… And Let Us Fall Apart by Catalin CROITORU

… And Let Us Fall Apart
by Catalin CROITORU

I am a fervent subway user in my city. Not because I was “convinced” by the transportation company’s ads (that are saying something like “Travel by bus or by metro and save our Planet”…), but because is much faster than covering the same distance by my personal car. However underneath there’s another reason for me to board on a subway train: these people I am sharing the same wagon with are fascinating me!
That’s because I have noticed that the travelers, once underground, are totally different from what they seemed like when I look at them up there, outside. The transformation starts when they are reaching the boarding platforms. If they were talking to each other, friends or pals, on the way down – they become silent quickly while they are waiting for the train to come; if lovers were holding hands while descending the ramps and the stairs – they soon become estranged once the lowest point was reached, and their eyes are ignoring repeatedly the beloved ones because the interest was moved towards the rail tracks in a permanent checking for the expected train; if the future passengers were smiling or displayed a happy-mimic while they are using the mechanical stairways – everything is vanished away in a bit the first step was put on the concrete platform of the subway stop.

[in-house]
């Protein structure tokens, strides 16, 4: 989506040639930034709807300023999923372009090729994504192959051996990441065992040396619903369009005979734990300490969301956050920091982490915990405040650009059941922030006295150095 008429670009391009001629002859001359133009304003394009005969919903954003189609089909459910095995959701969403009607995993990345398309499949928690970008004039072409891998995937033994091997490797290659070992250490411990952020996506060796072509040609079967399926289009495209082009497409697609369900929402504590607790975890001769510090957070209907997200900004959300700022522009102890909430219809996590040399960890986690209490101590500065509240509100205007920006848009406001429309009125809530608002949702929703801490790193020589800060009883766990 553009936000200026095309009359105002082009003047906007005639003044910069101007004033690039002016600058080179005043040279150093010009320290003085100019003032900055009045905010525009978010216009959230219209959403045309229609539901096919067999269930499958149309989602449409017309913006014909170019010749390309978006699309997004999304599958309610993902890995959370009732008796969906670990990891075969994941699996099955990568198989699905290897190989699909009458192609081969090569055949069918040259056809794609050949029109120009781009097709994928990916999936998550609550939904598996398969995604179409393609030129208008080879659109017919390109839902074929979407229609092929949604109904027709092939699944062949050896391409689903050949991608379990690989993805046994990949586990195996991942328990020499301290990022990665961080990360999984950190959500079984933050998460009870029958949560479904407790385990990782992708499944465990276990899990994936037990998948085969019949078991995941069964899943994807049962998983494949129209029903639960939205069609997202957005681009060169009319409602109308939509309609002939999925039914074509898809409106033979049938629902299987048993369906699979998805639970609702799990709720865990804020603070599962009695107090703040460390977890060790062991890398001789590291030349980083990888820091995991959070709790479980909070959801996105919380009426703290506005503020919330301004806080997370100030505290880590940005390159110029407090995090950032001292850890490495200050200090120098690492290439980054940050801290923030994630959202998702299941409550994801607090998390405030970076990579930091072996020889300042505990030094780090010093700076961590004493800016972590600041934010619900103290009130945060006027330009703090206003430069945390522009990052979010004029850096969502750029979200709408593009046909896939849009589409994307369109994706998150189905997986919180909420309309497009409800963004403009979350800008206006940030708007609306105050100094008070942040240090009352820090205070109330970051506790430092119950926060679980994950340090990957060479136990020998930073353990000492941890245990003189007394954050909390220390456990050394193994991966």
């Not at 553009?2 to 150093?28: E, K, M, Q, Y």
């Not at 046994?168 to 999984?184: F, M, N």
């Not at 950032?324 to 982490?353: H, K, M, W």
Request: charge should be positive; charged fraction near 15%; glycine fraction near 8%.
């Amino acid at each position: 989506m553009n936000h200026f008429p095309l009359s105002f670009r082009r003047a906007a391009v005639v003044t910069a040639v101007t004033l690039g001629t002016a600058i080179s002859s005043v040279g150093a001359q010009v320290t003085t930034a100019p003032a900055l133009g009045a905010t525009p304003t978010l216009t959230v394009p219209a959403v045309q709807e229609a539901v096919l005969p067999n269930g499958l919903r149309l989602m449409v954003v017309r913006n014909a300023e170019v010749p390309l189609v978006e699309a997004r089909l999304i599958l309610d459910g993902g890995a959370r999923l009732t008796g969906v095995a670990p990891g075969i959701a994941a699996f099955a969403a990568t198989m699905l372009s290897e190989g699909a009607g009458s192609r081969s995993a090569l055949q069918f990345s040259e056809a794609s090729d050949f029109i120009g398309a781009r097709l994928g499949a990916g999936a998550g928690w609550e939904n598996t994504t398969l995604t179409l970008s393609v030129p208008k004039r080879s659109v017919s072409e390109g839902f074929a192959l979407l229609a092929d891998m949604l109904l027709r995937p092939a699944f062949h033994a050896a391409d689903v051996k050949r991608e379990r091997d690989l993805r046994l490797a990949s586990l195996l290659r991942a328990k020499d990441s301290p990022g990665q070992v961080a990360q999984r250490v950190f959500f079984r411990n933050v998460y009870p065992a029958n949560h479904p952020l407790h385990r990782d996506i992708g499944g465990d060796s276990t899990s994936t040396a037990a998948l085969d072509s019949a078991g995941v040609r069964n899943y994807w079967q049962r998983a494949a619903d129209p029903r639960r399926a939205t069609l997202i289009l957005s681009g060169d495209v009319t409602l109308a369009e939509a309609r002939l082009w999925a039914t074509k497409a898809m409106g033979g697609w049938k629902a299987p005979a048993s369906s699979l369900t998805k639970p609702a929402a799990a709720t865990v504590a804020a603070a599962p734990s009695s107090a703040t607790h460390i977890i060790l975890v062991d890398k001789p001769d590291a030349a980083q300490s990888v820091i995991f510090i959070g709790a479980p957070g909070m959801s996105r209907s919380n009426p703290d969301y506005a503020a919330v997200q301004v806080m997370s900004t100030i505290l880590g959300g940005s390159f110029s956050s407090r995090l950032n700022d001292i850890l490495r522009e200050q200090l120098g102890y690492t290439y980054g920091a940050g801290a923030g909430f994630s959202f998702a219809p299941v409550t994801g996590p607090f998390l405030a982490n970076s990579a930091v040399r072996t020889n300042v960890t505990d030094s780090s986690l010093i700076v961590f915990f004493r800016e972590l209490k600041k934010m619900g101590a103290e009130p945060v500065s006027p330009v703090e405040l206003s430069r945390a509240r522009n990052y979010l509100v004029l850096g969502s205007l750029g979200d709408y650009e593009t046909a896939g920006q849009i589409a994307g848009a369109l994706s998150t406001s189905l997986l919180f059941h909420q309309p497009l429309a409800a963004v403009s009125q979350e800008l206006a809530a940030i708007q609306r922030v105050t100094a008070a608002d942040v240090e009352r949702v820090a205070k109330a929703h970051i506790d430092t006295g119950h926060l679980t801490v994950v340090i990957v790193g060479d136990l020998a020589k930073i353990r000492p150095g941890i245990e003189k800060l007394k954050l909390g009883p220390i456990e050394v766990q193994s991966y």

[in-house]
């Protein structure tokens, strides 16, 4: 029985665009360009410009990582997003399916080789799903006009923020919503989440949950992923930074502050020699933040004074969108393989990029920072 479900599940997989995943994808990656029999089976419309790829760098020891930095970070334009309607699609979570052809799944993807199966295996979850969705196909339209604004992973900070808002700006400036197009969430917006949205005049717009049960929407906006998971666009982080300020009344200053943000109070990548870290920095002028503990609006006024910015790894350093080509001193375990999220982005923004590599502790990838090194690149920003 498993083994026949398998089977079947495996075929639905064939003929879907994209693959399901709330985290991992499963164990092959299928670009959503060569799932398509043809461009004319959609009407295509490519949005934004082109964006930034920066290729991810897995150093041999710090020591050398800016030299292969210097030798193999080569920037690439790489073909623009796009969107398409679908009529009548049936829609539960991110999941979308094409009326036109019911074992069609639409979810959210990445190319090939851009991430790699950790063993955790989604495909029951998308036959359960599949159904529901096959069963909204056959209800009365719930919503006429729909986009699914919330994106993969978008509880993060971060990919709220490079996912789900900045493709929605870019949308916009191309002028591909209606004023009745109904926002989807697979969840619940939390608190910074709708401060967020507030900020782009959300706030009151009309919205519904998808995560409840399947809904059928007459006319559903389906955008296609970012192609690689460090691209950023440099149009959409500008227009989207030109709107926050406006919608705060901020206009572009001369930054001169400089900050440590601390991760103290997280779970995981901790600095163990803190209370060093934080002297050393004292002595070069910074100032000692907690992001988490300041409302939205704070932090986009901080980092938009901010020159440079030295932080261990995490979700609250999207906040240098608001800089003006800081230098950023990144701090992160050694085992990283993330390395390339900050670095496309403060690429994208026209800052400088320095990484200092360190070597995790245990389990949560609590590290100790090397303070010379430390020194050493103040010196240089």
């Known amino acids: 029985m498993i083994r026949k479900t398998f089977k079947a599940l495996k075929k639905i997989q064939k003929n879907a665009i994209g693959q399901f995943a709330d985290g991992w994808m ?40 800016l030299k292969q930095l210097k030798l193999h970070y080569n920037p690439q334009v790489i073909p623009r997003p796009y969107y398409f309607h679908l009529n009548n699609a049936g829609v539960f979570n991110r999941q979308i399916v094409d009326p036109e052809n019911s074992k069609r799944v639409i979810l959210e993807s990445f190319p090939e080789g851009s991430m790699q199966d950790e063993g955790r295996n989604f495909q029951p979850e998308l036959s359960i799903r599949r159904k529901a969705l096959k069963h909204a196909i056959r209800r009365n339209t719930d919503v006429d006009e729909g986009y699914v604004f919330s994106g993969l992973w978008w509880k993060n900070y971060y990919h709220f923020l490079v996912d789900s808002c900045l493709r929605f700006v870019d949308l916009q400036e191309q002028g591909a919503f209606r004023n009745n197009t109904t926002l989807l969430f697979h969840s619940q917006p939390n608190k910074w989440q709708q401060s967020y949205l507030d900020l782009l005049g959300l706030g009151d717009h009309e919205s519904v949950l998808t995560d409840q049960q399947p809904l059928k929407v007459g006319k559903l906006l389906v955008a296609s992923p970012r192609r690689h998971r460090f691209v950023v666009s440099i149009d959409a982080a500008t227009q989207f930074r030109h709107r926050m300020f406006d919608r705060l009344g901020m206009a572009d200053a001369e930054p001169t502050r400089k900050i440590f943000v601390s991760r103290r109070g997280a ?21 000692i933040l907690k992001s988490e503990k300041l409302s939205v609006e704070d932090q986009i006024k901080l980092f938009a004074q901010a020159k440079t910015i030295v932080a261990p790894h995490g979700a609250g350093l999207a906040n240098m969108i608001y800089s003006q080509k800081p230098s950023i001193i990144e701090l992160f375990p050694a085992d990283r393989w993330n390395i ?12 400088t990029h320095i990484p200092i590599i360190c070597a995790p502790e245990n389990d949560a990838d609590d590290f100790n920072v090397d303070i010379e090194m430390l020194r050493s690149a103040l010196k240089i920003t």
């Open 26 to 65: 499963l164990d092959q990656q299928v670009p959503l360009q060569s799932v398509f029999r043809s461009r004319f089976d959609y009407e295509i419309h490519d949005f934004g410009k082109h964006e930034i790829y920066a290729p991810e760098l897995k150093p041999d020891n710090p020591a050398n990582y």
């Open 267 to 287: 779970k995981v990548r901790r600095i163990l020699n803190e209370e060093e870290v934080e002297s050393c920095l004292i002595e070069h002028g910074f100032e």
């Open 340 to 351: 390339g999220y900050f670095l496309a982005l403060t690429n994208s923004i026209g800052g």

Those changes are obvious and intriguing. It’s like people are wearing some “masks” or “human makeups” at the surface, while they are roaming the sidewalks of Montreal, and these wearings are taken away by an invisible hand once underground; it’s like an army of robots starts to curdle during the waiting of the train, while the train is moving from a station to another, and all the way up to the light, again. When the street level is reached that “happy-face-for -the-display” is put back into its place.
What caused this change? I asked myself for years – but I am not sure I got the right answer. Firstly I thought the mood changing was caused by the tunnel itself; being separated by the real world by layers of concrete and steel, depending on some tungsten lamps to see where you moving – that could be stressful and disturbing.
But the fear and the insecurity tends to make us more avid for the human contact; a train boarding should not determine the lovebirds to abandon each other’s hand, but on contrary – it should make them grab avidly the other one’s palm in order to get some comfort…

Read the full article on Lens Magazine Issue #32

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